I’ve put the allotment to bed

Yesterday morning I went over to water the allotment and the bugs had moved in. Three days. That’s all it took. So I know that even though it’s still spring – summer bugs are here.

Fortunately I had harvested most veggies.  But I still had some kale which the caterpillars were revelling in and fighting amongst themselves to see who could eat the most. I had a couple of kohlrabi still to harvest and they were covered in a heaving mass of little white critters. Fortunately the turnip part of the kohlrabi was ok and I just stuck it under the garden tap and they were as good as new.

I have nothing to complain about because this last season, all through winter, has been my best harvest yet since I took over this allotment three years ago. I’ve frozen some veggies, I’ve pickled others, made chutneys, and I still have some left in the crisper in my fridge. I will not starve Dear Reader.

So I have decided to put the allotment to bed for the summer.

I have been working on it for a week or so, adding manure, used coffee grains, lawn clippings and veggie scraps so yesterday I finished the job off with a sprinkling of rock dust to add the necessary minerals. I gave the whole thing a good drenching with the hose pipe which will (hopefully) start it all breaking down – thanks to the piles of horse poo.

Then I used a bale of sugar cane mulch to cover the whole allotment. All eight square metres of it!

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The farm gets in a load and we can buy a bale for $7. A bargain, and it does encourage us to mulch well during the hot months to conserve water. Some of the allotment holders choose to keep going during the summer and this mulch keeps the ground cooler and at a more even temperature.

This is what it looked like when I finished the job. Nice and snug under the thick layer of mulch and the worms will do the work of breaking it all down over the next few months.

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My allotment, lying fallow for the summer. The one in the foreground, with the flowers, belongs to my neighbour. Looks like he has the same idea.

As a reminder, this is what my little plot looked like just a few weeks ago. Allotment heaven. You can see why I need to rest the soil during the summer – it must be exhausted!

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Fortunately Beelarong Community Farm never closes (a bit like the old Windmill Theatre) so I’ll join the volunteers working in the community garden throughout the summer. I’ll be blogging about the goings on there as we toil like peasants in the field battling the ravages of the tropical storms, plague and pestilence of a Brisbane summer.  (OK. So I’m a bit of a Drama Queen.)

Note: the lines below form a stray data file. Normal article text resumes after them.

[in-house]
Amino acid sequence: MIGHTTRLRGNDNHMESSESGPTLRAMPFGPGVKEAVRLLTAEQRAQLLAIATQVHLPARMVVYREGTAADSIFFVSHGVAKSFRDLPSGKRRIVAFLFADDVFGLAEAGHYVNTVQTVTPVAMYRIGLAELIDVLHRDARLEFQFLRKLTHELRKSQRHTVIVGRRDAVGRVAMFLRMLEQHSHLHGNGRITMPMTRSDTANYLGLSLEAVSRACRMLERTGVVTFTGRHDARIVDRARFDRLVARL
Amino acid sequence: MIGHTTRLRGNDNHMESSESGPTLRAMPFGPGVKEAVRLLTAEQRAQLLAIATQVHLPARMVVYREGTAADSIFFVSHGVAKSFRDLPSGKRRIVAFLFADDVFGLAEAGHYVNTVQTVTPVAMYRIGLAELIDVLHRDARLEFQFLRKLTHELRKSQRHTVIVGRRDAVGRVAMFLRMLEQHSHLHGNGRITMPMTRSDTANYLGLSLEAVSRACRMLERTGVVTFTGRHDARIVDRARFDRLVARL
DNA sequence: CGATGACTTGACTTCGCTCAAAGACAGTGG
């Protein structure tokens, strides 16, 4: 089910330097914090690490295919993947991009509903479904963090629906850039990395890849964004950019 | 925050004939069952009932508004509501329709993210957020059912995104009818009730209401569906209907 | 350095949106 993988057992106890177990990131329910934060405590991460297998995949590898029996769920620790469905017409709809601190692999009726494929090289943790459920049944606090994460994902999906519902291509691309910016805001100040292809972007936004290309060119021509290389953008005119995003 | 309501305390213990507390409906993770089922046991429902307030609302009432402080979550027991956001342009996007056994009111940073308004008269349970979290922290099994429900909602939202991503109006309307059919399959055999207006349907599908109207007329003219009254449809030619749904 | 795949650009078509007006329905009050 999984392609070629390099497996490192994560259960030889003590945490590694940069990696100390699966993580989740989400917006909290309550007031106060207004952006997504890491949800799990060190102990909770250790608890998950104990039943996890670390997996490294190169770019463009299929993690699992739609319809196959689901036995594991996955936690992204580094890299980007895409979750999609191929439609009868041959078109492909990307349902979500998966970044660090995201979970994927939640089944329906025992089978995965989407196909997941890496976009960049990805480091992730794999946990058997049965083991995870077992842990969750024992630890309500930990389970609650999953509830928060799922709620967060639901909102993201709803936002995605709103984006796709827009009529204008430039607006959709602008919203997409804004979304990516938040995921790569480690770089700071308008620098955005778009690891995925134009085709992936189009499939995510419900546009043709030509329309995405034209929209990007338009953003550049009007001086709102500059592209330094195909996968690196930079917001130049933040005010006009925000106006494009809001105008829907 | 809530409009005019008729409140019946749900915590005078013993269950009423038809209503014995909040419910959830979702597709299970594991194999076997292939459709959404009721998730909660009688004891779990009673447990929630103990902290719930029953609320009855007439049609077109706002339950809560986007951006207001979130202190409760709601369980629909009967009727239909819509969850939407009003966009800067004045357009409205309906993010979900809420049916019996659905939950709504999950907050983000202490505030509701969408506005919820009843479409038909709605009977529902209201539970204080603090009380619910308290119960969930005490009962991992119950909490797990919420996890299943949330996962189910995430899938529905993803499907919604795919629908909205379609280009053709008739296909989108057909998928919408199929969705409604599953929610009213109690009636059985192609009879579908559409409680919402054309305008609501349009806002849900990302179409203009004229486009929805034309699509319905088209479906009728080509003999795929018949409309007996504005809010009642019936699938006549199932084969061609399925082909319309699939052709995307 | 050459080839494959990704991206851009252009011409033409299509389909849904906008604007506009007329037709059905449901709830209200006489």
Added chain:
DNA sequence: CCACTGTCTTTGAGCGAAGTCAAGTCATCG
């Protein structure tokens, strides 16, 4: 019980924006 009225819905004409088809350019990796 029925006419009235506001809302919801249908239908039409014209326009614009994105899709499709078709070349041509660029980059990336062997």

Happy gardening.

A spring heatwave

This is it folks, Queensland summer has begun early.

We are in the middle of a heatwave with long-standing records being broken all over the place with some towns reaching 39 degrees yesterday and it’s still only spring.

Fire warnings have been issued and crews are battling scores of grass and bush fires around south-east Queensland.

Over at the allotment the pressure is on to keep my little seedlings from giving up the ghost.  Water is a precious commodity and one of the answers during drought conditions is mulch, mulch, mulch. We can buy a bale of sugar cane mulch for $7 at the community farm where I have my allotment and that’s what I use.

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Sugar cane mulch

Mulch is essential to your garden during drought conditions. (Our recent storm is just a memory.)  It will reduce the amount of water that evaporates from your soil reducing your need to water your veggies.  It acts as an insulating layer keeping the soil cooler in the summer and roots like that!

The potatoes are mulched

The potatoes are mulched

I’ve already mulched the potatoes and I’ll work my way around the allotment this week.

But just to lighten this post – there is plenty of green still around the place. I’m harvesting lovely carrots but I would grow them anyway just for the pretty carrot tops.

pretty carrot tops

pretty carrot tops

Love these peas. They have a lovely snap when you break them open. Could be why they call them Sugar Snaps. 🙂

Pretty peas

Pretty peas

And I grow these Cosmos flowers amongst the vegetables, just for the insects.

For the insects

Cosmos (Cosmos sulphureus)

Happy Gardening.

Jerry Coleby-Williams

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